# Medium Entropy Reduction and Instability in Stochastic Systems with Distributed Delay

^{1}

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## Abstract

**:**

## 1. Introduction

## 2. Model

- (i)
- By changing n, we can model various common types of delay with distinct characteristics, see Figure 2. For $n=1$, the kernel is a simple exponential decay. For $n>1$, $K(\Delta t)$ is peaked around $\Delta t=\tau $, with peaks becoming sharper upon increasing n. In the limit $n\to \infty $, it reaches a delta-distribution, ${lim}_{n\to \infty}K(\Delta t)=k\delta (\Delta t-\tau )$ [41]. Thus the ansatz Equation (3) includes the case of a discrete (single) delay.
- (ii)
- The weight of K, which defines the feedback gain k, is identical for all n: ${\int}_{0}^{\infty}K(\Delta t)\phantom{\rule{0.166667em}{0ex}}\mathrm{d}\Delta t=k$.
- (iii)
- The mean delay time τ is identical for all n:$$\begin{array}{c}\hfill \frac{{\int}_{0}^{\infty}K(\Delta t)\Delta t\phantom{\rule{0.166667em}{0ex}}\mathrm{d}\Delta t}{{\int}_{0}^{\infty}K(\Delta t)\phantom{\rule{0.166667em}{0ex}}\mathrm{d}\Delta t}\phantom{\rule{-0.166667em}{0ex}}=\phantom{\rule{-0.166667em}{0ex}}\tau .\end{array}$$
- (iv)

#### 2.1. Markovian Representation

#### 2.2. Colored Noise

#### 2.3. Limit of Infinitely Large System

**Proof.**

#### 2.4. Alternative Choice of ${\mathcal{T}}^{\prime}$

## 3. Stability for Different n

## 4. Delay-Induced Heat Flow

## 5. The Total Entropy Production

## 6. Conclusions

## Author Contributions

## Funding

## Data Availability Statement

## Acknowledgments

## Conflicts of Interest

## Abbreviations

LE | Langevin equation |

FDR | Fluctuation-dissipation relation |

ODE | Ordinary differential equation |

DDE | Delay differential equation |

EP | Entropy production |

## Appendix A. Memory Kernel and Noise Correlations

#### Appendix A.1. Physical Motivation for the Dynamics of X j>0

## Appendix B. Analytical Solutions for Correlations

## Appendix C. Path Probabilities with Onsager–Machlup Action

## Appendix D. Limit of the Heat Flow

## Appendix E. Entropy Distributions for Different Types of Delay Distributions

**Figure A1.**Distributions of the total EP (Equation (25)) for $n=1,2$ in a stable, linear system, obtained by Brownian dynamics simulations. The linear decays in this logarithmic plots indicate exponential tails. As expected, both distributions fulfill the integral fluctuation theorem $\langle {e}^{-\Delta {s}_{\mathrm{tot}}}\rangle =1$. To calculate the distributions, $>5\xb7{10}^{6}$ steady-state trajectories of length ${10}^{4}$ were generated. All parameters and ${k}_{\mathrm{B}}$ are set to unity.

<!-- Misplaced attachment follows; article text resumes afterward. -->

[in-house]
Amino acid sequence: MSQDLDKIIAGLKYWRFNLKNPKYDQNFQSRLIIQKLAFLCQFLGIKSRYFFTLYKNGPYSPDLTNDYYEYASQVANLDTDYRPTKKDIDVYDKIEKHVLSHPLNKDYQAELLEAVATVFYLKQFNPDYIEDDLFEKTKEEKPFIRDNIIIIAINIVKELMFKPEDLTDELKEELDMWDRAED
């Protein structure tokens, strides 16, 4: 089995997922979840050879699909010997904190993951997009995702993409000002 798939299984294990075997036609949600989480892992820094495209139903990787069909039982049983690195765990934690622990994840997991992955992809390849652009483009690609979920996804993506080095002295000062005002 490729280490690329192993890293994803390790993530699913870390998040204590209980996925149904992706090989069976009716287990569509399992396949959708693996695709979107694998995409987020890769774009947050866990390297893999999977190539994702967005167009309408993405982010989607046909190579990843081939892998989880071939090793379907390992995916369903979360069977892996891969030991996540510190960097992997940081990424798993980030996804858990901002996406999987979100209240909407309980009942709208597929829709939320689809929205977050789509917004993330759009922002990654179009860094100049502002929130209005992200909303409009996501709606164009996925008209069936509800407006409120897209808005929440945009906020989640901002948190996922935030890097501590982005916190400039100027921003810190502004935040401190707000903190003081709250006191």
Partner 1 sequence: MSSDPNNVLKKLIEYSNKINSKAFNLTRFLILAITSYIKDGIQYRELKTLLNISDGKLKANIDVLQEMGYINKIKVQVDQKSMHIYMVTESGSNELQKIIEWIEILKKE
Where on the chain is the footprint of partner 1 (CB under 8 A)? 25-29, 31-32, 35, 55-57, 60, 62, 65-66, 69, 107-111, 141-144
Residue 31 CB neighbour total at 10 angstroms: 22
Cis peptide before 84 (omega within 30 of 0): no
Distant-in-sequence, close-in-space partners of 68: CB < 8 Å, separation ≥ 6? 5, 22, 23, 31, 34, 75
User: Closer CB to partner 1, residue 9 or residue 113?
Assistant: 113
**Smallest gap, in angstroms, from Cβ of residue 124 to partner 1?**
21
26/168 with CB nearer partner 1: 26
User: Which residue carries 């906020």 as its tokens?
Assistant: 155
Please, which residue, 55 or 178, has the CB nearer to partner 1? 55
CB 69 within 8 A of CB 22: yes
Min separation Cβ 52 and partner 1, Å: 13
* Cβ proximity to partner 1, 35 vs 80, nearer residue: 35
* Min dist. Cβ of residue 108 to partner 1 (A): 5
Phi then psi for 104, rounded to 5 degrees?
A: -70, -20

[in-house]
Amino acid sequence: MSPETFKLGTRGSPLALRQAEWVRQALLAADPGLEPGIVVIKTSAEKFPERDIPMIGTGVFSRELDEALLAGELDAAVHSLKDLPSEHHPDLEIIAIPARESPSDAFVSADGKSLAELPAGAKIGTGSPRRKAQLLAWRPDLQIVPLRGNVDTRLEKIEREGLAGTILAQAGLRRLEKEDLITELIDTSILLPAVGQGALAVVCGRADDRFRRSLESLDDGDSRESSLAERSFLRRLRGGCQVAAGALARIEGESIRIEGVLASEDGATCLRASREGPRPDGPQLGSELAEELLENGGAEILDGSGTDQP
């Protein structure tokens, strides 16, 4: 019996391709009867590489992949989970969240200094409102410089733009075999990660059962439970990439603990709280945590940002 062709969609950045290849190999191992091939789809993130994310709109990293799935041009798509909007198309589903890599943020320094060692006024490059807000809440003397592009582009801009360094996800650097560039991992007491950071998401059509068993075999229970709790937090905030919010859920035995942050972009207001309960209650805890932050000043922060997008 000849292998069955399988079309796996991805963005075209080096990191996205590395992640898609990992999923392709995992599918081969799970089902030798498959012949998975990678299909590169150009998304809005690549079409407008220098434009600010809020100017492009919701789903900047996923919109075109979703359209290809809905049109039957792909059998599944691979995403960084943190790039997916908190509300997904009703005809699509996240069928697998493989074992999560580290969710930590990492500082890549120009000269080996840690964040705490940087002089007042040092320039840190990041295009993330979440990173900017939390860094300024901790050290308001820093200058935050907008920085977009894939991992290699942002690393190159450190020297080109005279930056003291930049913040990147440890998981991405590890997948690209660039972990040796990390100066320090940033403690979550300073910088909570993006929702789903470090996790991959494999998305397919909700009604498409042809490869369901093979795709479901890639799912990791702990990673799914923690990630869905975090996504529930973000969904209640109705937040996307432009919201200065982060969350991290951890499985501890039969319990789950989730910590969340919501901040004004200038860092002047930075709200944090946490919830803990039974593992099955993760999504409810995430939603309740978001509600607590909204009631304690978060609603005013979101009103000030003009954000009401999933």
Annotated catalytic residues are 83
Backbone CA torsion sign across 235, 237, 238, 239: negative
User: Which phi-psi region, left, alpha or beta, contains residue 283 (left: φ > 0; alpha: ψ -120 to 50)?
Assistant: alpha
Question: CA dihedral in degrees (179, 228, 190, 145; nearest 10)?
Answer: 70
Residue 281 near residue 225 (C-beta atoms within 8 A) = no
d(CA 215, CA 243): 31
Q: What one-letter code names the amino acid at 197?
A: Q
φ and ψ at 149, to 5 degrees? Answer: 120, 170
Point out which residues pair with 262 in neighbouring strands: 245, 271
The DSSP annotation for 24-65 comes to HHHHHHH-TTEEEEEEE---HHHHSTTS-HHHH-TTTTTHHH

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**Figure 1.**Sketch of a particle (red disk) under the influence of a force that depends on the past trajectory (indicated by lighter red disks), for different values of a of the external potential $V=a/2\phantom{\rule{0.166667em}{0ex}}{X}_{0}^{2}$: (

**a**) the particle is in a harmonic trap ($a>0$), (

**b**) the particle is “on a parabolic mountain” ($a<0$). Here, the arrows indicate the force pertaining to $k>0$, i.e., the delay force is positive when the weighted integral of the past trajectory is negative, see Equation (1).

**Figure 2.**(

**a**) Delay distribution given in Equation (3), and (

**b**) correlations of colored noise $\nu $ given in Equation (6) for different n, pertaining to arbitrary values of $\tau $, k, ${T}_{0}$, $T\prime $ and choices of V. The delay distributions K are plotted in units of $\left|k\right|$, while ${C}_{\nu}$ is plotted in units of ${k}^{2}/\left(\tau {k}_{\mathrm{B}}{\mathcal{T}}^{\prime}\right)$.

**Figure 3.**Relation between the temporal evolutions of ${X}_{0}$ and the ${X}_{j>0}$ representing the n “memory cells of the controller” (as further explained in Appendix A.1).

**Figure 4.**Stable regions of the stochastic process with ${a}_{}>0$ (“particle in harmonic trap”, see Figure 1a), in a plane spanned by the feedback gain k given in units of $\left|a\right|$ and delay time $\tau $, given in units of $1/\left|a\right|$. White areas denote unstable behavior. Four panels of (